Published: Fri, May 19, 2017
World | By Paul Elliott

Majority believe Trump fired Comey to hinder Russian Federation investigation

It simply means the House of Representatives will bring charges against the president, he said a day after the New York Times reported that it found a memo in which the sacked FBI Director James Comey said that he was asked by Trump to stop Flynn's investigations.

Trump also lashed out in the morning on Twitter at the news that the Justice Department appointed a special prosecutor, former FBI director Robert Mueller, to oversee the investigation, calling the move a politically motivated "witch hunt" by his Democratic rivals.

US President Donald Trump has denied all allegations that he tried to pressure fired FBI Director James Comey into dropping a Russia-related probe, and called the appointment of a special counsel to probe claims of his collusion with Russian Federation a "witch hunt".

Former deputy secretary of state Richard Armitage, a Republican who served under the Bush administration and voted for Hillary Clinton, told Reuters, "It's rare to have that many phone calls to foreign officials, especially to a country we consider an adversary or a hostile power".

As Mueller investigates the possible connections between the Trump campaign and Russian involvement in the 2016 election, these rumors will likely continue to swirl. He also speculaed that Comey may have stayed on, instead of resigning as Trump's Federal Bureau of Investigation director, in order to dig that hole a little deeper. But before the reporter had the chance to finish his question, Trump interrupted him with an assertive "no" and said "next question".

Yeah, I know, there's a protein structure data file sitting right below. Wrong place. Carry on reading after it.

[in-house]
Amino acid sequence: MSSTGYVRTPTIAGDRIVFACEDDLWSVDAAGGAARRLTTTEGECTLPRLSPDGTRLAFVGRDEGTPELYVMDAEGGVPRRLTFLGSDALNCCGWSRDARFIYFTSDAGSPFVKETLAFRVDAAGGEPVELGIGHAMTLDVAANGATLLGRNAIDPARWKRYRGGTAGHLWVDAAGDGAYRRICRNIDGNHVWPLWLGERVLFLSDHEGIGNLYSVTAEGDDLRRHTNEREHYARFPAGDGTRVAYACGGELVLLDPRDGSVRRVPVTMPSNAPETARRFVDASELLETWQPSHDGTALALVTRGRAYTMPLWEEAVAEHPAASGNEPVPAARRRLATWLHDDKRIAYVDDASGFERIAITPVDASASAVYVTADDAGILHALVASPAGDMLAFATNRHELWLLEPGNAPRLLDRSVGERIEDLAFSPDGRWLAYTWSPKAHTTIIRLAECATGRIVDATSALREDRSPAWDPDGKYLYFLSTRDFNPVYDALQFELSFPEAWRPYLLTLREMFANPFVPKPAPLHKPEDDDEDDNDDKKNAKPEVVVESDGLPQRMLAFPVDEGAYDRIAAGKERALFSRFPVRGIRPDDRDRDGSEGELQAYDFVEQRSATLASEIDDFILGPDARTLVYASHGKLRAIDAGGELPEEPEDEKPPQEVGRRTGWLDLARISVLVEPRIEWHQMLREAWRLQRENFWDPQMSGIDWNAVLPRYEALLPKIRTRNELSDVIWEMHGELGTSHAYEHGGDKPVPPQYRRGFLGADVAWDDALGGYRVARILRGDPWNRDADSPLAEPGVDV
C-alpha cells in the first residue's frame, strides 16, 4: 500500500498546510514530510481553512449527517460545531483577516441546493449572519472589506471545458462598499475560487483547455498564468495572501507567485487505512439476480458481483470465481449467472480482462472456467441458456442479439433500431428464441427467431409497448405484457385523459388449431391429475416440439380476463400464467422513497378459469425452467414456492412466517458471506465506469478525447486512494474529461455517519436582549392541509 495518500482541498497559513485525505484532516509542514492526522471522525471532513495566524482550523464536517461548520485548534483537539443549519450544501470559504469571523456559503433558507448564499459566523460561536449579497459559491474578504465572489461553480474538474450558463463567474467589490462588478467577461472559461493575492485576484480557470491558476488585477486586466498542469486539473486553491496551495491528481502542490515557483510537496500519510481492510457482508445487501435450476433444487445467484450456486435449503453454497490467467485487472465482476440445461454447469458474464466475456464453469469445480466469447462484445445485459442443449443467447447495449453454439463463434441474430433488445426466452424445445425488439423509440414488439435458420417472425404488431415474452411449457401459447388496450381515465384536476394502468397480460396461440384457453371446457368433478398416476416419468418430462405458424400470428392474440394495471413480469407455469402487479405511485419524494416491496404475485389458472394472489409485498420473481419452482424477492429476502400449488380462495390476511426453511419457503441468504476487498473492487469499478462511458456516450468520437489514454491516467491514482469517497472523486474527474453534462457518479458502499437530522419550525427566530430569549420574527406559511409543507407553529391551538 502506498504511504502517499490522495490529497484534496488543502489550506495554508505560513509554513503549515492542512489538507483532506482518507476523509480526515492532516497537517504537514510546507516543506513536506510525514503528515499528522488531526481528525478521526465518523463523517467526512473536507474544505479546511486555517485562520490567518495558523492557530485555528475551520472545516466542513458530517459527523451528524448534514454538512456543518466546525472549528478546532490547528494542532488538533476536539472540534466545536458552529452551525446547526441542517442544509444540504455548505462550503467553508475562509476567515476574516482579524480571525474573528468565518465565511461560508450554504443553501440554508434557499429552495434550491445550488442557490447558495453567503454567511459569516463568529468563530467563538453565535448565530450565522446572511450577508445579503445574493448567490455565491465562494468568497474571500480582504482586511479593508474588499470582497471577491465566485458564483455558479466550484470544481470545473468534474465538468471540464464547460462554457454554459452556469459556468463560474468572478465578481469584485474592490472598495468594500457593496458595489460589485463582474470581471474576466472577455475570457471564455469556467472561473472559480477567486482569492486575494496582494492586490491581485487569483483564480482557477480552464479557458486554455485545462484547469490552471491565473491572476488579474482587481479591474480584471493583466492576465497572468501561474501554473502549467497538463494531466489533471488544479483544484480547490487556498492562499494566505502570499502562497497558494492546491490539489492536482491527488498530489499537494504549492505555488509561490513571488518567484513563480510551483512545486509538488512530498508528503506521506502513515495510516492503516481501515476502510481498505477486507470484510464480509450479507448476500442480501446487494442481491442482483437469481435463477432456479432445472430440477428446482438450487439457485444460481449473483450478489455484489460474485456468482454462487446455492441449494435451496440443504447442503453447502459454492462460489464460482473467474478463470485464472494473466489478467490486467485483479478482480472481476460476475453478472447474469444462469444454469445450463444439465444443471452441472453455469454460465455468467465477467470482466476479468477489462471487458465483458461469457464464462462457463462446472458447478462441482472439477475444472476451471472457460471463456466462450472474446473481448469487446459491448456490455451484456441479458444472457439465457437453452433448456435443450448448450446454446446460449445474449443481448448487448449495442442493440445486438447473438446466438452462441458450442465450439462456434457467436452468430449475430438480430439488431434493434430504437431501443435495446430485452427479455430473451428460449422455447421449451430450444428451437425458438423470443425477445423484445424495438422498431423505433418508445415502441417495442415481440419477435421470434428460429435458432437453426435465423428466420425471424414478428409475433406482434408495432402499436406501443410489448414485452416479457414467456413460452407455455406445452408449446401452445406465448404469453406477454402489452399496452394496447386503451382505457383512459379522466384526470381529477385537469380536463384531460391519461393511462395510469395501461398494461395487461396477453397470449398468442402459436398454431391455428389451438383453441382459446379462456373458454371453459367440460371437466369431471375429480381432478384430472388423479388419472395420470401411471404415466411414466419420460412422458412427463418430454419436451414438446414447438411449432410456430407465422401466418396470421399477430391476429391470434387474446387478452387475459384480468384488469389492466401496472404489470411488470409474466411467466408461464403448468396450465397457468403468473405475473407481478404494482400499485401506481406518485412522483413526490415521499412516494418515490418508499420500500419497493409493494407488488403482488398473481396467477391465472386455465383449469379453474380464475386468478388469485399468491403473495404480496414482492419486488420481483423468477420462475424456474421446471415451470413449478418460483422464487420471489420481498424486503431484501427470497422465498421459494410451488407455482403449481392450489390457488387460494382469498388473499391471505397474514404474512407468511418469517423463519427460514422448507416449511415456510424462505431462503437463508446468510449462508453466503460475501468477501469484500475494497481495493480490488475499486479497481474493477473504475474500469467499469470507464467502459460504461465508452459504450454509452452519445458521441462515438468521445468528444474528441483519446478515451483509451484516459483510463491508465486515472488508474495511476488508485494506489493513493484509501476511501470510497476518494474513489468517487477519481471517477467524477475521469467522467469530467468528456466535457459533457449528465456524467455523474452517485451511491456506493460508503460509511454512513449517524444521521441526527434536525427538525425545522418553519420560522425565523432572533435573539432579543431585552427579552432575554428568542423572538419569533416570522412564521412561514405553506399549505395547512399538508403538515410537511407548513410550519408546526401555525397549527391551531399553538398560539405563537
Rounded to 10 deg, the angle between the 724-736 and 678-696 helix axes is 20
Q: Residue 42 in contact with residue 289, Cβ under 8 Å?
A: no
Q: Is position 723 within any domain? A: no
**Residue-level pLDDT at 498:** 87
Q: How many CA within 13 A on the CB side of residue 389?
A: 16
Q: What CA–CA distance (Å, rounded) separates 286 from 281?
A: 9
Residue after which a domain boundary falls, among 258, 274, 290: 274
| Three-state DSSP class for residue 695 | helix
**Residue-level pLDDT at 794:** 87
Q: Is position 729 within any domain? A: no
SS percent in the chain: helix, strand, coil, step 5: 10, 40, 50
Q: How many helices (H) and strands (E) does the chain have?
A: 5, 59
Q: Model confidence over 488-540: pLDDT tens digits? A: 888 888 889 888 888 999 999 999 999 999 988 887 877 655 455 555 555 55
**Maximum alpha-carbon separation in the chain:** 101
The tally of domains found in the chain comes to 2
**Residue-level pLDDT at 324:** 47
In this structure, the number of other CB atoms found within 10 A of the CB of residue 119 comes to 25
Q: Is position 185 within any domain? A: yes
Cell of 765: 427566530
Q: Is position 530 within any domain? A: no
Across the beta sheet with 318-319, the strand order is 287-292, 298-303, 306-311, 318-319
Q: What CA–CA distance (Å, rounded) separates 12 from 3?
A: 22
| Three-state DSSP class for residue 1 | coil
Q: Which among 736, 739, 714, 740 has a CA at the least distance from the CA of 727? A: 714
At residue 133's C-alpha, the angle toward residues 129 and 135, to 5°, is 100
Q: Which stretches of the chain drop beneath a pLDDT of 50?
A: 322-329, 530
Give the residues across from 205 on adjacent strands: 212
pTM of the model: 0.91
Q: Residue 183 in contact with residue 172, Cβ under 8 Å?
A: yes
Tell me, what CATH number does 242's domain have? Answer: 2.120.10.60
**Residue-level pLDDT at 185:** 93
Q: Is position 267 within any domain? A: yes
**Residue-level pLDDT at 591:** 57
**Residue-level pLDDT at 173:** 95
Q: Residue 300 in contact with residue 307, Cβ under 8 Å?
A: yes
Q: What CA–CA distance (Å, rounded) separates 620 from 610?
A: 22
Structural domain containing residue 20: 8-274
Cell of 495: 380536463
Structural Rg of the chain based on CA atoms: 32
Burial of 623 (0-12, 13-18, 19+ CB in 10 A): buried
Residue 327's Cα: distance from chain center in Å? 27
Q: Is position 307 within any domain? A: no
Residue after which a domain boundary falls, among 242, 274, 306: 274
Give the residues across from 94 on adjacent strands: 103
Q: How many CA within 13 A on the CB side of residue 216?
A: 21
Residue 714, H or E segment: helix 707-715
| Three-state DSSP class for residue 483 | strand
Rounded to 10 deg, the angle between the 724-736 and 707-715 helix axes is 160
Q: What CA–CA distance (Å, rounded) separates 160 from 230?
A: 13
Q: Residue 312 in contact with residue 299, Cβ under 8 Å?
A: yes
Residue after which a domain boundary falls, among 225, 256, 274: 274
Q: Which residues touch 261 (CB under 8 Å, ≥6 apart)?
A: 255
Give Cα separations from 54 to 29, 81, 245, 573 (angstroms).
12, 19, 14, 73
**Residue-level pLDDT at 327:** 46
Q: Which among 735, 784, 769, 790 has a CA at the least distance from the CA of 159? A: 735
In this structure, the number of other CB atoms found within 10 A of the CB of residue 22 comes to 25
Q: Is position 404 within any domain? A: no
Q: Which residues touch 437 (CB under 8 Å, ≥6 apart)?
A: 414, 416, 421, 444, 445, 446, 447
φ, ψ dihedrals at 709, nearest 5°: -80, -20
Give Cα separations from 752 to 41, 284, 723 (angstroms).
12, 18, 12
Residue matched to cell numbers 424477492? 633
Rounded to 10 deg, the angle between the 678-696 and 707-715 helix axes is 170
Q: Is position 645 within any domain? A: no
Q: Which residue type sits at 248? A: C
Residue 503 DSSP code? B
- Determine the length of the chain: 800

Asked if he thought he had committed a crime or impeachable offense, the president said "it's totally ridiculous, everyone thinks so". "Zero", Trump said, at the joint news conference Thursday afternoon with President Juan Manuel Santos of Colombia.

With growing calls from largely Democratic lawmakers that the Trump administration could no longer credibly conduct any investigation into Russian Federation in the midst of Comey's ouster, Mueller was thrust into the picture.

The denials amount to Trump's most extensive, public response yet to the wave of negative reports aimed at the White House and members of the Trump administration.

The White House has denied the allegations of obstruction of justice. A small number of lawmakers have raised impeachment for Trump, but analysts say that talk is premature. Rep. Adam B. Schiff (Calif.), the top Democrat on the House Intelligence Committee, told the Times that "no one ought to, in my view, rush to embrace the most extraordinary remedy that involves the removal of the president from office". "We have to get back to running this country really, really well". "I hope you can let this go", referring to the inquiry into Flynn's actions. And I think it's a very, very negative thing.

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